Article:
Friday, April 24, 2020

More on presentism and decisions

You have seven friends, isolated from each other for a week. And you have a choice between these three options:

  1. In four days, all of your friends will experience an innocent pleasure P at the same time.

  2. Over the next week, each day a different one of your friends will experience P.

  3. You presently experience an innocent pleasure whose magnitude is twice that of P.

It seems like a good idea to go for options 1 or 2 over option 3. But there is very little reason to prefer 1 over 2 or 2 over 1.

On eternalism, the parity between 1 and 2 makes perfect sense: in both cases, reality will contain seven copies of P, and the only difference is between how the copies are arranged in spacetime. And it also makes perfect sense that 1 or 2 is a better choice than 3: reality on 1 or 2 contains 3.5 times as much innocent pleasure.

But on presentism, I think it is difficult to explain these judgments. First, it’s difficult to explain why the sacrifice of 3 is worth it: a real, because present, pleasure is being sacrificed for a bunch of unreal, because future, pleasures. (Growing block has this problem, too.)

Now, if the choice is between 1 and 3, then at least the presentist can say this:

  • On option 1, there will be an occurrence of 3.5 times the pleasure that would have occurred on option 3.

I am dubious that it makes sense to compare the future pleasure to the present one on presentism, but let’s grant that for the sake of the argument.

But now suppose the choice is between 2 and 3. Then, one cannot say there will be 3.5 times the pleasure. Rather:

  • On option 2, on seven occasions, there will be half of the pleasure of option 3.

But the locution “on seven occasions” is misleading. For it makes it sound like there will be seven of something valuable. But there won’t be seven of something. Rather:

  • There will be one of P to friend 1, and there will be one of P to friend 2, and so on.

But one cannot conjoin these “will be” claims into a single:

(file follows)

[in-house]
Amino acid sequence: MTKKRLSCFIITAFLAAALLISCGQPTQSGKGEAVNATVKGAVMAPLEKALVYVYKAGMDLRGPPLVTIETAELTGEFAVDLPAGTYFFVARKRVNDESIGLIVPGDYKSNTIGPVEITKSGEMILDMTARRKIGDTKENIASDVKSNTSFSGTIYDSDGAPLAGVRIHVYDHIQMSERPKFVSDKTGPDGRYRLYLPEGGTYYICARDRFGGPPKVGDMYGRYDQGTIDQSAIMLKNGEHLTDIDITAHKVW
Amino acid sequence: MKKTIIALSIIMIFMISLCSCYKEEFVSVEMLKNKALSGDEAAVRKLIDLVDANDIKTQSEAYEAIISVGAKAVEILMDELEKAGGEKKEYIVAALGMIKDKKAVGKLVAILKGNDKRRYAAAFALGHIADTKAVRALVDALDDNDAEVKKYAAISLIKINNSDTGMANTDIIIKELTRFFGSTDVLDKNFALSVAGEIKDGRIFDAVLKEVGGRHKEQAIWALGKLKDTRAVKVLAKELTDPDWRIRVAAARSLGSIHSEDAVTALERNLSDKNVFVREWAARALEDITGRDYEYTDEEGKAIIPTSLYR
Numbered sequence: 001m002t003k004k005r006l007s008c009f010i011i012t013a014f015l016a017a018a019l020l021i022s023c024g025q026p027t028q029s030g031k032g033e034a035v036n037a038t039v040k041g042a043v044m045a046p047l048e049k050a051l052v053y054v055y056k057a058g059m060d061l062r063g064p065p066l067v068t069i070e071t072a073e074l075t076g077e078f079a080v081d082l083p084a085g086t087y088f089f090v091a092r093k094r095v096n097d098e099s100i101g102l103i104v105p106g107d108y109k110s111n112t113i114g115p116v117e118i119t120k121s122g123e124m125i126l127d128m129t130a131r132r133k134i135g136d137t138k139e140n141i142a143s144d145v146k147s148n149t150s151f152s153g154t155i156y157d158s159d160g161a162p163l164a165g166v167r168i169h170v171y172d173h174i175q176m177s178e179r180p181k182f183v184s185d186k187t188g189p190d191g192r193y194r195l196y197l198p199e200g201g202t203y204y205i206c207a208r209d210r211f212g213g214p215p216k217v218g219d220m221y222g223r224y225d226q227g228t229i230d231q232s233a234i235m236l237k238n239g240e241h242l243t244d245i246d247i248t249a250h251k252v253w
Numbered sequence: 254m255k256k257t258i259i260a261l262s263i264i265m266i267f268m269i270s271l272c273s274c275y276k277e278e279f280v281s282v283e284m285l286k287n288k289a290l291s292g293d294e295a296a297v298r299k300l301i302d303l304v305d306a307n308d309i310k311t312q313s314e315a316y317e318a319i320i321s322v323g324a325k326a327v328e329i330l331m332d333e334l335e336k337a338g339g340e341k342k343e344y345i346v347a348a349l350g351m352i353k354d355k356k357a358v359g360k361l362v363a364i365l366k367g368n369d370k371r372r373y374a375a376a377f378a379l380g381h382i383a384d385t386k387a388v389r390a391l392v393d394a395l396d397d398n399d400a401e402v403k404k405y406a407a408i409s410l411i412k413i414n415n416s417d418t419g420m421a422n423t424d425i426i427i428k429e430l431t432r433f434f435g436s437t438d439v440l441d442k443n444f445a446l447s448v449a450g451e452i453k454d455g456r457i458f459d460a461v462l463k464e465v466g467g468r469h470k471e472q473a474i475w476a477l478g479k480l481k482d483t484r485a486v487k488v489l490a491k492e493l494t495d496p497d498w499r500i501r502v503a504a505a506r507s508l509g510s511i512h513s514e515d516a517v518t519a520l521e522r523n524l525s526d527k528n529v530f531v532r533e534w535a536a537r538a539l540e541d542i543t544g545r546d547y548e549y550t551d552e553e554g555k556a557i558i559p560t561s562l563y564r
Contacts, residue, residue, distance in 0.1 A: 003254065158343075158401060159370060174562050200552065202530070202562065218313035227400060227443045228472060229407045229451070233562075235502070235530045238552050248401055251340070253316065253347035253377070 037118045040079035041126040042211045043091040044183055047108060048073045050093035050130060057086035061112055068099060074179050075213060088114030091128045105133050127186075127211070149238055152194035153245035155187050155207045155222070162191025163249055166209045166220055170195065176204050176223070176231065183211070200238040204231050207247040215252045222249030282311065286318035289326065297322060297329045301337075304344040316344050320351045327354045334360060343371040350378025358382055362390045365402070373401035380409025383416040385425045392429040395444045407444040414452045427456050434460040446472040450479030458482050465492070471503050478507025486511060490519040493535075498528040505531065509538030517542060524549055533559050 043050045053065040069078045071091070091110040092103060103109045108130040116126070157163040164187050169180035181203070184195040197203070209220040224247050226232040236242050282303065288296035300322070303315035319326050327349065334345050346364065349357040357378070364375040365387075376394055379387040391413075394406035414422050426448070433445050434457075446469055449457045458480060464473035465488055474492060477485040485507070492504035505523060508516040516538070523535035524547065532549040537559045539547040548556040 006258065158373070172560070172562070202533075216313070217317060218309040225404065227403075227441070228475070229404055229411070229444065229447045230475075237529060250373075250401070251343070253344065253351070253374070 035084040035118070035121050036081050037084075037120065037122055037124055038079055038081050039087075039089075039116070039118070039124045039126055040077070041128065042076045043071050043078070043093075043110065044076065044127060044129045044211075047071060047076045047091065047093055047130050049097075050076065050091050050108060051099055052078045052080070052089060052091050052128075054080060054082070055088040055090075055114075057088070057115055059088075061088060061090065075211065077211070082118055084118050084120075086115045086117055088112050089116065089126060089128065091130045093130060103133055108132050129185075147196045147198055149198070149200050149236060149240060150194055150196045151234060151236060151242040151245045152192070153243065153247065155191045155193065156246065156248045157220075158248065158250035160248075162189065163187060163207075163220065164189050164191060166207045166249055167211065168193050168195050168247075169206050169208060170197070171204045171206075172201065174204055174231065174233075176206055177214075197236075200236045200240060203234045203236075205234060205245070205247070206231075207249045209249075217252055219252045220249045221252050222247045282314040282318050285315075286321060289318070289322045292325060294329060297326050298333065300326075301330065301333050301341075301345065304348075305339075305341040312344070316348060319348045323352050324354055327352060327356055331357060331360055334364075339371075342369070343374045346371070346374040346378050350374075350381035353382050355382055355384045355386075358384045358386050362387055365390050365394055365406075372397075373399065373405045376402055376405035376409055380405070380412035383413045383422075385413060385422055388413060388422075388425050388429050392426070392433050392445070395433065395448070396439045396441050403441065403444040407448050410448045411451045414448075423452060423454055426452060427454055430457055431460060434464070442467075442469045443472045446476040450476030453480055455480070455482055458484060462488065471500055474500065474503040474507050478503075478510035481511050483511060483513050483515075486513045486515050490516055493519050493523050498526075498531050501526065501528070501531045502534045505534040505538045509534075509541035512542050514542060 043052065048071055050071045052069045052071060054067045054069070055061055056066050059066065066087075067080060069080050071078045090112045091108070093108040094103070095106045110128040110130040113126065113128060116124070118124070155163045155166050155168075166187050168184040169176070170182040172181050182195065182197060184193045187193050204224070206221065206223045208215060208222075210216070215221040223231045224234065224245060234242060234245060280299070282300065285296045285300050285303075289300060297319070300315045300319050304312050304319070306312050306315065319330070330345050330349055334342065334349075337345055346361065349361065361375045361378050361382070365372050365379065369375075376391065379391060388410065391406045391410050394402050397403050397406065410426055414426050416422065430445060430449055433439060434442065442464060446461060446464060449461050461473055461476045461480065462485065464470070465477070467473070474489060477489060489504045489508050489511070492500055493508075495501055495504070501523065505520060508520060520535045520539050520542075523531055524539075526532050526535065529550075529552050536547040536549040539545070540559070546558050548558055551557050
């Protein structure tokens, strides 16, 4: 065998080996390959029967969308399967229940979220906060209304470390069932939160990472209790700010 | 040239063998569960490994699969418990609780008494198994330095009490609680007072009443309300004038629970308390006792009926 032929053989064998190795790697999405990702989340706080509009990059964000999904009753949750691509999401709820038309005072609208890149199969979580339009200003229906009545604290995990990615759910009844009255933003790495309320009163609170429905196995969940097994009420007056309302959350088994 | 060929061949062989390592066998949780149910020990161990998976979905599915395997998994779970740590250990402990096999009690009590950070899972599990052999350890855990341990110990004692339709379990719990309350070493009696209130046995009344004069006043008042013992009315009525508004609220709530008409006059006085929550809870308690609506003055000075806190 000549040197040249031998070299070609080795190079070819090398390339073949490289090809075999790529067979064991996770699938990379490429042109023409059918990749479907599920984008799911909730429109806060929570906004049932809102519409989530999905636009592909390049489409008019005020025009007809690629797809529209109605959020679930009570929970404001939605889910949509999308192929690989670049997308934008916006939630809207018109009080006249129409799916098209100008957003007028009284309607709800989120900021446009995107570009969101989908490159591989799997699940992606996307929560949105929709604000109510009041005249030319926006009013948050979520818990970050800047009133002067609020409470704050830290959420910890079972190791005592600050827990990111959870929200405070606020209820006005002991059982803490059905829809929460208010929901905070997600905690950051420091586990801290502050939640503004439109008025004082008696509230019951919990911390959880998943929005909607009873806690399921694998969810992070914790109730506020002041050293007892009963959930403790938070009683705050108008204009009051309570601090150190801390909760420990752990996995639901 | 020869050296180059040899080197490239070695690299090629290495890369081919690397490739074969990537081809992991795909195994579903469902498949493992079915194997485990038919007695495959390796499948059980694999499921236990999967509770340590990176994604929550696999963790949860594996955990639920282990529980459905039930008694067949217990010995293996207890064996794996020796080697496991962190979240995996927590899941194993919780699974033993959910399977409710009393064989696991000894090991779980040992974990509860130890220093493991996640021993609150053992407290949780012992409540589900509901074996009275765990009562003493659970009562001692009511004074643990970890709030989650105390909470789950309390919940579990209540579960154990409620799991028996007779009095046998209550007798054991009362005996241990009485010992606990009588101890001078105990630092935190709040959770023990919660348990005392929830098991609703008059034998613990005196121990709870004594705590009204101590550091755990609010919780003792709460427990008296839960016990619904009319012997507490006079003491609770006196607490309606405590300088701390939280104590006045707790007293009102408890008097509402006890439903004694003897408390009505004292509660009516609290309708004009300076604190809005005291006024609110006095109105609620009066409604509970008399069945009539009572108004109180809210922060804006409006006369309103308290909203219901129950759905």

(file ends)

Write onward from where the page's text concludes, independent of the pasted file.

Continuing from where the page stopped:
• There will be one of P to friend 1 and one of P to friend 2, and so on.

For that will never happen.

The deep point here is this. Cross-time counting on presentism is logically quite different from synchronic counting. In fact, in a sense it’s not “counting” at all, for there won’t be and has not been that number of items. One way to see the point is to compare the logical analysis of synchronic and cross-time counting claims on presentism:

  • “There are (presently) two unicorns”: There exist x and y such that x is a unicorn and y is a unicorn and x ≠ y and for all z if z is a unicorn, then z = x or z = y.

  • “There are (cross-time) two unicorns”: It was, is or will be the case that: There exists x such that x is a unicorn and it was, is or will be the case that there exists y such that y is a unicorn and x ≠ y, and it was, is and will be the case that for every z if z is unicorn, then z = x or z = y.

These are logically very different claims.

(I am also a little worried about the technical details of the cross-time identity claims on presentism, by the way.)


IanS said...

3. You presently experience an innocent pleasure …
This does not seem quite right. Wouldn’t you have to make your choice first, and only then (perhaps immediately afterwards) experience the pleasure? So while you are choosing, all the pleasures, including yours, are in the future, hence equally unreal to a presentist.

Alexander R Pruss said...

I was thinking about simultaneous causation, which seems logically possible.

IanS said...

I’m not seeing how that would work.

Your deliberations take time. Your pleasure is experienced over time. You can’t be experiencing the promised pleasure while you are deliberating – that would be cheating. At best, the promised episode of pleasure might begin precisely when you commit to your choice. Even granting this, episode will be almost entirely in the future.

Of course, I may well have missed a point.

Alexander R Pruss said...

That's true: I was thinking that the moment of decision can be simultaneous with the pleasure, but our deliberation precedes the moment of decision. It would have to be an instantaneous thinker.

In any case, the main point was just that trans-time counting is dubious and unnatural on presentism.